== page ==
Thursday 13 September 2018

Funeral for A Virgin - Maidens Crowns

A Maiden's Crown
In the seventeenth century, the death of an unmarried young woman was commemorated by the making of an unusual wreath or garland. If you died unmarried, it was considered you were now married to God. So during the funeral procession a garland shaped like a crown, represnting the 'Crown of Glory' would be placed on the coffin or carried before it. The oldest surviving garland was made in 1680 and is displayed at St Mary's Church, in Beverley, Yorkshire. The one below is a drawing of one from Matlock in Derbyshire.

In the early days of Christianity, funeral garlands were emblems of Virgin Martyrs and the practice of making maidens' garlands is likely to have derived from that. The deceased, who in some parishes could be male or female, must have been both baptised and confirmed and have been unmarried before death. During the funeral procession, the funeral crown was suspended from a white rod and carried before the coffin by another young virgin dressed in white. It was common for the crown to hang above the deceased person's pew as a sort of test, for three weeks. If nobody challenged its right to remain, it was then hung permanently from a bracket in the church.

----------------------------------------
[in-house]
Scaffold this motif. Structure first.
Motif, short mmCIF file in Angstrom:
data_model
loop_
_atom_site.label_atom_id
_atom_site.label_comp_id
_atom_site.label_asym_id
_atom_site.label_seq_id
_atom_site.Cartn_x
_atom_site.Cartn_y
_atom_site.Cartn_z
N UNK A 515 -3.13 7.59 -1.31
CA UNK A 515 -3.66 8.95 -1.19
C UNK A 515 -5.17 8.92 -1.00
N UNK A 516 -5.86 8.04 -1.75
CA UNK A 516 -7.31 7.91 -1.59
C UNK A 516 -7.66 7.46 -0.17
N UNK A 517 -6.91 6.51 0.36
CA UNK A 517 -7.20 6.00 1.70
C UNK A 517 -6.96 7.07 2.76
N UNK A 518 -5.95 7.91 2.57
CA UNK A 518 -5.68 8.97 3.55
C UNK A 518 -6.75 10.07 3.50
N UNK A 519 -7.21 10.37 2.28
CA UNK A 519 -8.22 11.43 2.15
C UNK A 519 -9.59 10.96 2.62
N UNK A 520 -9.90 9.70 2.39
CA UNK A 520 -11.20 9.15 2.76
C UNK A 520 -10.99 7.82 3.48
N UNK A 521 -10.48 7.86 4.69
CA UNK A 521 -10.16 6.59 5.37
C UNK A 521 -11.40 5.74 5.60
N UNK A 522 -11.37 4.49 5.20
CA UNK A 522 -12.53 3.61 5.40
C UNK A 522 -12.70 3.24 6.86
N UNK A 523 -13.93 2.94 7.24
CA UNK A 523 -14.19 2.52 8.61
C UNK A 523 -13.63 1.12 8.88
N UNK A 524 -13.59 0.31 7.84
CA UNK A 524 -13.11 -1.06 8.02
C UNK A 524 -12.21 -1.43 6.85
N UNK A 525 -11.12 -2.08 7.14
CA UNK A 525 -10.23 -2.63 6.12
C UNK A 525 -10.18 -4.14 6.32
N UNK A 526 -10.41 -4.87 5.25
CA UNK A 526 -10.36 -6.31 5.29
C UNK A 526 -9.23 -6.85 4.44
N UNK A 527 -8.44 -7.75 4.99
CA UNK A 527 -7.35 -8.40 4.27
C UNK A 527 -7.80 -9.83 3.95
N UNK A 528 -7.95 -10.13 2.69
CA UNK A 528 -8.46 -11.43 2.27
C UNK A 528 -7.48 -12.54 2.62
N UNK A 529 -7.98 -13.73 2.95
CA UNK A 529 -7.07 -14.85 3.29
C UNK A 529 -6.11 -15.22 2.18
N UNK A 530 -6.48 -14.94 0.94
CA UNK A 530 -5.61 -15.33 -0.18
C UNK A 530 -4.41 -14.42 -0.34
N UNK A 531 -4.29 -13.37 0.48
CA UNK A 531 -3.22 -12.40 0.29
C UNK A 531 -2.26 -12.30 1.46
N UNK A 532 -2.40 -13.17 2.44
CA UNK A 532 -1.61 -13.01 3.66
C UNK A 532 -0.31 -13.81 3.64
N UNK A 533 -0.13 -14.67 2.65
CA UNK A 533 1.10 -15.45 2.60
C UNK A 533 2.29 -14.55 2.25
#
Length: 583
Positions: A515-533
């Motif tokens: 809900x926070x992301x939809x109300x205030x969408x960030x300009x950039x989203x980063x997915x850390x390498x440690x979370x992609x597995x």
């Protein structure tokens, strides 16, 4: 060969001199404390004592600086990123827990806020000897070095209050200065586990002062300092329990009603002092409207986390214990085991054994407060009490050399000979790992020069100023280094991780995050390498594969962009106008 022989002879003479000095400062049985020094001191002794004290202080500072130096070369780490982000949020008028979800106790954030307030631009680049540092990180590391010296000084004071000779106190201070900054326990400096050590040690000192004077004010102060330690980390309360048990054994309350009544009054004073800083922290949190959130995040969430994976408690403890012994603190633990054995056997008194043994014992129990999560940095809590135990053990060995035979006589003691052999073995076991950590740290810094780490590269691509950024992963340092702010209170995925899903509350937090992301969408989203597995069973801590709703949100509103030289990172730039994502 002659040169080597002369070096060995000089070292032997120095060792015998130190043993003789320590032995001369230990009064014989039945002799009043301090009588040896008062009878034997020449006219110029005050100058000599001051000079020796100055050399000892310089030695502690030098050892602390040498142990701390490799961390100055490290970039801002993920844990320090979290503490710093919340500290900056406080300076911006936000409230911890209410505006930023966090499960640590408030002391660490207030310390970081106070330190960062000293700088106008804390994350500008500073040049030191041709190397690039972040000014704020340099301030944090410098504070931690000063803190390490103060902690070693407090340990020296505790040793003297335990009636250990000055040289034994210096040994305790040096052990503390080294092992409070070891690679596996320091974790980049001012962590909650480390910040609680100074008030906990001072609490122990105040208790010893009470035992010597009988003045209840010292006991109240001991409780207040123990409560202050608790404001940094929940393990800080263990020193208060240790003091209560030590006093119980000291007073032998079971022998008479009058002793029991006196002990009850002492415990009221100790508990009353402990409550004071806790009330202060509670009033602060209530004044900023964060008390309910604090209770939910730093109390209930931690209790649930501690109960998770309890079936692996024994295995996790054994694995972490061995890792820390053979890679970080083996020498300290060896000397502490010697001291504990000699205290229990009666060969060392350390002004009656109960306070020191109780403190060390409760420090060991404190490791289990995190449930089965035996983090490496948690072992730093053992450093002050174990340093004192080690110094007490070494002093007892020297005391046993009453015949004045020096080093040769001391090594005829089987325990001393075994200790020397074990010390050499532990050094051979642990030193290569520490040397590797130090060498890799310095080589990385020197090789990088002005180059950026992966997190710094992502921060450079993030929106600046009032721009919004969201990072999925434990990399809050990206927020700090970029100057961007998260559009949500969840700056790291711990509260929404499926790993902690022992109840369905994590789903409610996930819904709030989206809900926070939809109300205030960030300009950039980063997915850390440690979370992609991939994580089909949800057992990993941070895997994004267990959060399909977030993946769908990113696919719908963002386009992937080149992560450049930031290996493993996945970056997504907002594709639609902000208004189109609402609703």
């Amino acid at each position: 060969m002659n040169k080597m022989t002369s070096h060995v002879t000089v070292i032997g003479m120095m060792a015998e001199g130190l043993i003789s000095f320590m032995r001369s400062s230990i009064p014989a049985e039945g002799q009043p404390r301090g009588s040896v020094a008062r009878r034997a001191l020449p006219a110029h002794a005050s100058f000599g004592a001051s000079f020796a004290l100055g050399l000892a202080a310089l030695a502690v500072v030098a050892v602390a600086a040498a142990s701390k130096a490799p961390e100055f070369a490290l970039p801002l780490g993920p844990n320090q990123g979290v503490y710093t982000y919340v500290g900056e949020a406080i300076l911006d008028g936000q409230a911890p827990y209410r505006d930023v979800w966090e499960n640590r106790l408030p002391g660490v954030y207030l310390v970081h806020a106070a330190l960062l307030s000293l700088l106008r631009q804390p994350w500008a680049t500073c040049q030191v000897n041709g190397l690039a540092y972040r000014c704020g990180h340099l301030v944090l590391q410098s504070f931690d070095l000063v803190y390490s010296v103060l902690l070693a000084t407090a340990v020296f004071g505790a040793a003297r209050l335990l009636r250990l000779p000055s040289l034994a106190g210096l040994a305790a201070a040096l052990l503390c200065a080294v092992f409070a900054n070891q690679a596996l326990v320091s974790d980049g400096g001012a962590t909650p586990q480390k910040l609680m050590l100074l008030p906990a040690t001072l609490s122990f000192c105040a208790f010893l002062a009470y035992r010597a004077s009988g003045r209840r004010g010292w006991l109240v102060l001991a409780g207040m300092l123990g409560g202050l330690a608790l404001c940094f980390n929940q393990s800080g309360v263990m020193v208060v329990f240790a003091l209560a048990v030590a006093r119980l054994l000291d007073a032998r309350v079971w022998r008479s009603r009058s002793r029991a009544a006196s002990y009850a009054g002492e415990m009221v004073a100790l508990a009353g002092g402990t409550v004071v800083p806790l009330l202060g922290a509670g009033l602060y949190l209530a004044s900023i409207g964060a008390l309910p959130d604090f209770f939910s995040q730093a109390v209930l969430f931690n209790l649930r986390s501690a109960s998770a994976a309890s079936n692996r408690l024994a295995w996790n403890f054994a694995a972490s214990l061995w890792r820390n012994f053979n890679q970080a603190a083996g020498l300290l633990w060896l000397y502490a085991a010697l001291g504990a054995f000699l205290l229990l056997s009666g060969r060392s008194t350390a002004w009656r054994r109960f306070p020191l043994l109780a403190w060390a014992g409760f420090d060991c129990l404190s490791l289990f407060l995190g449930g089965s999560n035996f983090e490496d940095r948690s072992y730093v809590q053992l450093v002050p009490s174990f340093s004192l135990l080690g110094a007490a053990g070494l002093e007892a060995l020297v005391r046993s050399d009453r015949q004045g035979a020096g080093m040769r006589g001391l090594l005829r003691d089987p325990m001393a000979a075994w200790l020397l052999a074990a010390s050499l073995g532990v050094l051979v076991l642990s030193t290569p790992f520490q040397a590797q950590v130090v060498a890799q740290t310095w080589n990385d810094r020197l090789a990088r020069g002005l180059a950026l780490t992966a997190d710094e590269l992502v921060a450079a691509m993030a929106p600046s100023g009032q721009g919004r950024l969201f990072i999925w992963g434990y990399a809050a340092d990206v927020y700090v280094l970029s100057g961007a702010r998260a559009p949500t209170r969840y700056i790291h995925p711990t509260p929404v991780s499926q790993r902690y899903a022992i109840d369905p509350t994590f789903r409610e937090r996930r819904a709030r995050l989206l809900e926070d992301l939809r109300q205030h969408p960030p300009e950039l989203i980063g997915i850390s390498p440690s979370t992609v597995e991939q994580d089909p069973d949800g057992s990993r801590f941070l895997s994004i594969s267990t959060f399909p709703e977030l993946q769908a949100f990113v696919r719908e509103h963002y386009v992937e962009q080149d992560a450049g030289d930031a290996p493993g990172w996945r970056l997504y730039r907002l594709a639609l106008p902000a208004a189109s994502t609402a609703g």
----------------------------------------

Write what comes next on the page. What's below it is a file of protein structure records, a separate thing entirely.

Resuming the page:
The garland was shaped as a crown, because you would be becoming the 'consort' of  Christ the King, it was a headdress like a wreath, shaped top form a high crown, made of wood and wrapped in white lace. Families would make these for their daughter because she would never have a wedding, and often they included ribbons, handkerchiefs and flowers, both fabric and real. In the spring, primroses were often included, and at other times when flowers were much less plentiful, fake flowers made of ruched paper or cloth were used. Many young girls died of chlorosis, sparking a legend that young unmarried girls who died from this anaemia – of which one sign was a yellow-green complexion – were turned into primroses.

Virgins, time past, known were these,Troubled with Green-sicknesses,Turn’d to flowers: stil the hieuSickly Girles, they beare of you.
According to Adkins History Website , their manufacture was described in a letter to the Gentleman’s Magazine of 1747 by a resident of Bromley in Kent:

Minsterley Garland